The flipped preparation this week involved reading the article “Leading Change and Making Positive Decisions” and coming to the session with responses to the article:
- One thing that resonates with you that you could usefully take away from the article
“You should not follow any change leadership recipe uncritically, but lead the adaptation of a process to meet your needs”.
Knowing when things needed to change and having the courage to do something about it” (Diamond, 2003 p.7).
These quotes resonated and reinforced for me the value of being authentic. I am critical of the leadership approaches I experience in my organisation and my instincts alone tell me that we are not always going in the right direction.
With regard to leading adaptation of a process- the second quote is a call to be steadfast and courageous and not follow the herd. Leading to meet my needs would mean being authentic and open about my needs, trusting that others will open a space where the humanity of what we are doing, and how we are doing it, will be made visible. Taking charge of my own mind (and heart) I think will influence others to support me to make necessary adaptations. But if I don’t say anything I give away my power to lead.
My strength in challenging the status quo is usually successful because people know that when I do speak its generally because I have something to say. But more than that, I try to do so in a way that makes it safe for people to be able to change their mind.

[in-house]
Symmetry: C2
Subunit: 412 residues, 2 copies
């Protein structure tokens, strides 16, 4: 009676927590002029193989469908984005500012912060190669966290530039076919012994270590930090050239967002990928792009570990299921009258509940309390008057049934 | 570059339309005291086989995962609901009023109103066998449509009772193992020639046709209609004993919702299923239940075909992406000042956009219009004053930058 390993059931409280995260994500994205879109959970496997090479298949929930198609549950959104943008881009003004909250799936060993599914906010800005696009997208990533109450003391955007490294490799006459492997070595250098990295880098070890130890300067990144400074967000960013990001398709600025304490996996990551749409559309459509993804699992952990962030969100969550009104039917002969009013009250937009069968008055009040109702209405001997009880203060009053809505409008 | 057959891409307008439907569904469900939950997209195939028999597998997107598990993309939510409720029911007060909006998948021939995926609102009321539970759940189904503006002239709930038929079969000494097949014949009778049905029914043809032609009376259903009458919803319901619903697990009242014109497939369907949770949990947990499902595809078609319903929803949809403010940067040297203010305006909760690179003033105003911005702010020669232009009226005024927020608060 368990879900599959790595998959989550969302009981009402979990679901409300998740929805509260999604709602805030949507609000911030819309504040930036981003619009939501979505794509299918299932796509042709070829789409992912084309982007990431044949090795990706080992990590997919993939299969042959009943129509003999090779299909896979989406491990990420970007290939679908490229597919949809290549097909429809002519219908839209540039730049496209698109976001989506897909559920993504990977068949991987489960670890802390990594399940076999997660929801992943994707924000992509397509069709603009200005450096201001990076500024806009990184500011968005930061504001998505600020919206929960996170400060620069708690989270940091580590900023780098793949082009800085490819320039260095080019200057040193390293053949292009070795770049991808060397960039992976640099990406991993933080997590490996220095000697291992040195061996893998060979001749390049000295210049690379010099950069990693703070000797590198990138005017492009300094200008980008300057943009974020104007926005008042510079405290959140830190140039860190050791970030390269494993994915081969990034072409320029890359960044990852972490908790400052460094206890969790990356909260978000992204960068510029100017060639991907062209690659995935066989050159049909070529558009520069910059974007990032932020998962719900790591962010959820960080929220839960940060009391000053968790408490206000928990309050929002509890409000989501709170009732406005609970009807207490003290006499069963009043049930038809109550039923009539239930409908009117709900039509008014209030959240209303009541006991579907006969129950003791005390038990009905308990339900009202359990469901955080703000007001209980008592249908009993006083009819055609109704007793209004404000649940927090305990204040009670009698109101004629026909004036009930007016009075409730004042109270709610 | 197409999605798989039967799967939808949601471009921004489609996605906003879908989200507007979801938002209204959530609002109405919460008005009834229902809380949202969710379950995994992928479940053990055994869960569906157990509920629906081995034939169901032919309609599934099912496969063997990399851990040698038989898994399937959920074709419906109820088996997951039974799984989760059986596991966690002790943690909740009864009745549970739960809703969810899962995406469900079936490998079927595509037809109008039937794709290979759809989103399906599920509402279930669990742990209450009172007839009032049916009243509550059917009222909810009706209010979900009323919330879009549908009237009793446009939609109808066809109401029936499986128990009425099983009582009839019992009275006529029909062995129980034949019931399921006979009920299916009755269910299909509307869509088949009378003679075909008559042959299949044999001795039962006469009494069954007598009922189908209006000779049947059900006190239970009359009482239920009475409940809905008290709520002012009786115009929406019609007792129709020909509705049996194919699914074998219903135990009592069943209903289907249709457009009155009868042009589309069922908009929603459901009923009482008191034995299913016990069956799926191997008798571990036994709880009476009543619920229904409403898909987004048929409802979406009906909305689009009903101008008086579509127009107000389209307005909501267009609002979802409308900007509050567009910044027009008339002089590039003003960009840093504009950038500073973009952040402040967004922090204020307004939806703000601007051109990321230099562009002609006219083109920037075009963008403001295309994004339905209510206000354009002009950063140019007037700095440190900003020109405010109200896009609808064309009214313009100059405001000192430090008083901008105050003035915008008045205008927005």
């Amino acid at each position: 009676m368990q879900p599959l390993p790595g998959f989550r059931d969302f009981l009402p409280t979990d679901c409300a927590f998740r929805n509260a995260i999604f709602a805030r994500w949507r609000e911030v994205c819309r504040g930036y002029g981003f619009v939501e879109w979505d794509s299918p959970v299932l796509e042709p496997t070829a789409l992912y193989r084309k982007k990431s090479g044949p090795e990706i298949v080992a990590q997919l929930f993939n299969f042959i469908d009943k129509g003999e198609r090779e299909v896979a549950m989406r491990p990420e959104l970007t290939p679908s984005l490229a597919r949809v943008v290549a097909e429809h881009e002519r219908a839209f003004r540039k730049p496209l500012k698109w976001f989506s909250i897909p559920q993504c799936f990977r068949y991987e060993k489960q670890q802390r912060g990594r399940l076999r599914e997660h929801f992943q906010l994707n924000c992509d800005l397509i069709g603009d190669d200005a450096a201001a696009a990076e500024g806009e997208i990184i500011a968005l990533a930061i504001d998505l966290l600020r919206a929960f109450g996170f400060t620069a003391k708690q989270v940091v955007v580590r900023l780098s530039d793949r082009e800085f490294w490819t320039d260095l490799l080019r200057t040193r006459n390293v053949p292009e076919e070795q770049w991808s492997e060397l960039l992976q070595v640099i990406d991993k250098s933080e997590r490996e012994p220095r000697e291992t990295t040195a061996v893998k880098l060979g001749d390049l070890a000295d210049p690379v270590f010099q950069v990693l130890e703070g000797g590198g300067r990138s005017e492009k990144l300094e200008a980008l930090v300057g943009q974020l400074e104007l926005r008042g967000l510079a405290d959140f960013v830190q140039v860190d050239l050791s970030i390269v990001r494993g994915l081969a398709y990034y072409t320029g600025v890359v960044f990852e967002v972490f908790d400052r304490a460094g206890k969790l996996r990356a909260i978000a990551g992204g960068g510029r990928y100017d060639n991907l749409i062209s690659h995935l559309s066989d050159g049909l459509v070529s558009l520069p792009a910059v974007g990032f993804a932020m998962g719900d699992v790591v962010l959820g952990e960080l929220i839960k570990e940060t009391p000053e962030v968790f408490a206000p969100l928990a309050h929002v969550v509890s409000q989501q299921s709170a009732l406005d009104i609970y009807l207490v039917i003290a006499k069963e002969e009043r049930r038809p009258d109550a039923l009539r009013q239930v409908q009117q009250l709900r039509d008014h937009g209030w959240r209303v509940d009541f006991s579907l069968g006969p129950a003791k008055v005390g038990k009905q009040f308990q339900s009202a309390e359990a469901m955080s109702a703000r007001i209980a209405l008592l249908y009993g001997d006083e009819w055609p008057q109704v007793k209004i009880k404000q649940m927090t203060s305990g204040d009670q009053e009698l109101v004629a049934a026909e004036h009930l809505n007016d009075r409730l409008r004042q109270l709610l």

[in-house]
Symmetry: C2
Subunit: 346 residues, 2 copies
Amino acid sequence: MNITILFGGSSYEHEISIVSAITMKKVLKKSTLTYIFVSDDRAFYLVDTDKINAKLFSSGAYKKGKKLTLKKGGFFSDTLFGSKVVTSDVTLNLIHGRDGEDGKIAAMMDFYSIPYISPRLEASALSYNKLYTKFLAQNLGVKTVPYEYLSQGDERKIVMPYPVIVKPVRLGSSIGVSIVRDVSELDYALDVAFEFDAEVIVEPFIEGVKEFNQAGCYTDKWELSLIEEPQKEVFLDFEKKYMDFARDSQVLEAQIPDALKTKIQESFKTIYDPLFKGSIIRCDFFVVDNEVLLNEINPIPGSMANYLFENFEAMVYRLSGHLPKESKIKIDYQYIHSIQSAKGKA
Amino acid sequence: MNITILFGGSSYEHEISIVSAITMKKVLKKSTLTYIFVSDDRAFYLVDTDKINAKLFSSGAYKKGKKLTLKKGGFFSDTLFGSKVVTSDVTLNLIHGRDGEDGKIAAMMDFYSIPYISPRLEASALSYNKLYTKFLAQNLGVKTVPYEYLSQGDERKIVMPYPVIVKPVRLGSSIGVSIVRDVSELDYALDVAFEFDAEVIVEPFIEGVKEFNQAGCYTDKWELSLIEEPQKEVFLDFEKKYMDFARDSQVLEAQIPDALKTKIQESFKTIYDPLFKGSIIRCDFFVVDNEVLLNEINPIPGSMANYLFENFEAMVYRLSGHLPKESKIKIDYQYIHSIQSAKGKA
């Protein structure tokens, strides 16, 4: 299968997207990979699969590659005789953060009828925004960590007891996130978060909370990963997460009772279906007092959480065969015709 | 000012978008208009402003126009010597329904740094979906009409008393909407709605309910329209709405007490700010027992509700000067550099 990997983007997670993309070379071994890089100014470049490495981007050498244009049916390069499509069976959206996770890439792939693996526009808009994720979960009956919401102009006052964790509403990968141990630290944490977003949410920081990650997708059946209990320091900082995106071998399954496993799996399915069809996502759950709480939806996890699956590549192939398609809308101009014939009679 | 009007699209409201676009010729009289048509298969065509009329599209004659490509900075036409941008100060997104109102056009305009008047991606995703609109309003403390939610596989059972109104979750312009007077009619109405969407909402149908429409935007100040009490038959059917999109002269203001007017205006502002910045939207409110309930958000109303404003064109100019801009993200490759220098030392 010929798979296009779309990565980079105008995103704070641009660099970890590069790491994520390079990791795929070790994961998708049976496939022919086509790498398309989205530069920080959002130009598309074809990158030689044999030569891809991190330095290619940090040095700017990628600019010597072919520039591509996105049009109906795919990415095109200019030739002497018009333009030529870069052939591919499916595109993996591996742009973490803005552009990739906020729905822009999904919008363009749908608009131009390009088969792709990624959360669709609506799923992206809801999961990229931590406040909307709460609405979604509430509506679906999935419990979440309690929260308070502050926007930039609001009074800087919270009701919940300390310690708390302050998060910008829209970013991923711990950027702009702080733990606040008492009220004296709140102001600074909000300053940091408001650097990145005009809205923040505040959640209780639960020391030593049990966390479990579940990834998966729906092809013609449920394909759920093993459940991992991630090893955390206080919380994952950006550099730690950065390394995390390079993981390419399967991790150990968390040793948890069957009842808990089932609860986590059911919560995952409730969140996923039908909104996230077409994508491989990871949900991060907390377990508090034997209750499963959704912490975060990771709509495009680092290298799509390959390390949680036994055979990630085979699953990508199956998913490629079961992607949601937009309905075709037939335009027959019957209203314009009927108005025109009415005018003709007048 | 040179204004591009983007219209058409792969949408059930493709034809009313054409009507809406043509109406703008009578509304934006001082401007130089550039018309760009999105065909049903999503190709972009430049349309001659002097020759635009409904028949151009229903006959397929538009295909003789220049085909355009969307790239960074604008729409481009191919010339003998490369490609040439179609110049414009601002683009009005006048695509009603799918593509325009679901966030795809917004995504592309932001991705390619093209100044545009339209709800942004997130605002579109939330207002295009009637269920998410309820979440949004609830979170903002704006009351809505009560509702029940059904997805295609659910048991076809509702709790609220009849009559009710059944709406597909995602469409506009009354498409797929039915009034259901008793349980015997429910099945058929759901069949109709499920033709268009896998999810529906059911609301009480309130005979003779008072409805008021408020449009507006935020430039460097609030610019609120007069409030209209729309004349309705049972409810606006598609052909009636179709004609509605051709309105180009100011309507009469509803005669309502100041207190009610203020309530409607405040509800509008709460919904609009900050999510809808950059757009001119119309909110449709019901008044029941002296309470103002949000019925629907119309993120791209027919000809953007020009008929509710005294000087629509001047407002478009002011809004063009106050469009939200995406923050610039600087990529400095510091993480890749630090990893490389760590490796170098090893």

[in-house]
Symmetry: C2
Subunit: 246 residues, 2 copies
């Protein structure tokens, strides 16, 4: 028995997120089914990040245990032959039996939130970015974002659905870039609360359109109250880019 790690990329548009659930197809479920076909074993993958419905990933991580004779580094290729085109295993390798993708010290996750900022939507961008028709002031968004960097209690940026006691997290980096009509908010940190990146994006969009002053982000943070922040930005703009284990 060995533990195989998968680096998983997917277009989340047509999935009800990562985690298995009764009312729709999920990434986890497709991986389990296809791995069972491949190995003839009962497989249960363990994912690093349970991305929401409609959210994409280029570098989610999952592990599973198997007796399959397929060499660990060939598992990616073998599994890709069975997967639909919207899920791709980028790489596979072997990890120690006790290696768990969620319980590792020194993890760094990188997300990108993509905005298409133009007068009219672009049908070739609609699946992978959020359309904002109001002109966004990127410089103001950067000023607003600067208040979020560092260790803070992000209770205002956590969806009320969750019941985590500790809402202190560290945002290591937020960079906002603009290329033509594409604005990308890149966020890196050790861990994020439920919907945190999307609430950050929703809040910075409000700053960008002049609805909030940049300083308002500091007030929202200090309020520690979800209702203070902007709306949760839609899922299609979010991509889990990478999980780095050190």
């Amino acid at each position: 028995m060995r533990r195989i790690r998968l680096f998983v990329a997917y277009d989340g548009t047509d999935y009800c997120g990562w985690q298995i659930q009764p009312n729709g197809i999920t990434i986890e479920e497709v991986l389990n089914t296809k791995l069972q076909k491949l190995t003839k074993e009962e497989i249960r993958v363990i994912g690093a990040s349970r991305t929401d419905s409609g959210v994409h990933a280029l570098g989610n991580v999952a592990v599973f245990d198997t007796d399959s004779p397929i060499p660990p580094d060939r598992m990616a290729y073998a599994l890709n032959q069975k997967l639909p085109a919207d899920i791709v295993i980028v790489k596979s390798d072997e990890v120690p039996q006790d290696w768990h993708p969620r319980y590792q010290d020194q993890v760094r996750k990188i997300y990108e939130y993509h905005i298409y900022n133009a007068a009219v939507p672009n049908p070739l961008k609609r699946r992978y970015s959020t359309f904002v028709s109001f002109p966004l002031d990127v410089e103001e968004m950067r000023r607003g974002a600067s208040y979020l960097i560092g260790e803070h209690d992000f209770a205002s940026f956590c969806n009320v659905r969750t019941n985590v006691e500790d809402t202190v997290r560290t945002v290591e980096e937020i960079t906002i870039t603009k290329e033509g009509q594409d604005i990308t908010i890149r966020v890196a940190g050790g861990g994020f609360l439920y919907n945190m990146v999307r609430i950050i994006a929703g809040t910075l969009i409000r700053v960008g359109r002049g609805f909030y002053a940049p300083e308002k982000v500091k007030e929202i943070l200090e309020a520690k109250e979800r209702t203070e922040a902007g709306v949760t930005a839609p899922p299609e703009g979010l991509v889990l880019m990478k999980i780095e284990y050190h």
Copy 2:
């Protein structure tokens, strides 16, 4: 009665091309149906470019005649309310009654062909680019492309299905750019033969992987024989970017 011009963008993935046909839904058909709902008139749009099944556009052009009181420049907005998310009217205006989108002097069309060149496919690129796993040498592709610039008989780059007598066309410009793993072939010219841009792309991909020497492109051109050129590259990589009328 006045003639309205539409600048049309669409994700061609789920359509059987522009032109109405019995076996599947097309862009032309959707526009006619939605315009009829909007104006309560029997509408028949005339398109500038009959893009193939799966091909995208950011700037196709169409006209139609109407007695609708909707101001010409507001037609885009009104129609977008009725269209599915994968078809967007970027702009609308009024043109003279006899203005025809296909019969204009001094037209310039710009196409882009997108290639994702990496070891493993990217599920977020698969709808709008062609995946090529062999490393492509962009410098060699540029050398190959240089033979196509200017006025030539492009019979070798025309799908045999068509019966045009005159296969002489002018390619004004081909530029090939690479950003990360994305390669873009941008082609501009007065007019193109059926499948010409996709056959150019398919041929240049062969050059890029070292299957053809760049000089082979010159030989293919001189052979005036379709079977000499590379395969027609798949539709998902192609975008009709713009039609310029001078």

- One thing that you would take issue with in some way, with a reasoned critique
“In the agile software development community one of the core concepts is to “embrace change”. That is, to be completely relaxed about the fact that change will happen, and that it should be seen as a positive rather than a negative”.
While I understand resilience and need for change, I am not sure that all changes should be seen as positive. I don’t think that’s allowing people to be authentic. It’s pretty hard to be “completely relaxed” about something that in reality amounts to a ton of work that needs to happen in a very short space of time (my current experience of agile software development the my organisation).
There is some part of this that leads into a relativist discourse- all change is always good. Some changes are dangerous and negative, in my view, particularly when technology is presented as a panacea to what ails education. Forgive me for not being completely relaxed by the fact that the software has the potential to reduce human relationships to business transactions.
In my place of work, the agile bit is being misused because it is leading to change without a lot of premeditated thought- a ‘making shit up’ approach. This not fair actually, as lots of premeditation going on on product and systems, but we keep short-circuiting on the purpose. I think this is less problematic in contexts that are not intricately linked to individual human relationships i.e. teaching and learning.
I take issue with statements that promote agility/failing fast etc positions people who are questioning the pace of change as somehow lacking resilience etc. People like me are questioning and saying let’s slow the f’ing farm down labeled as out of step with the reality of the business. not modern or progressive.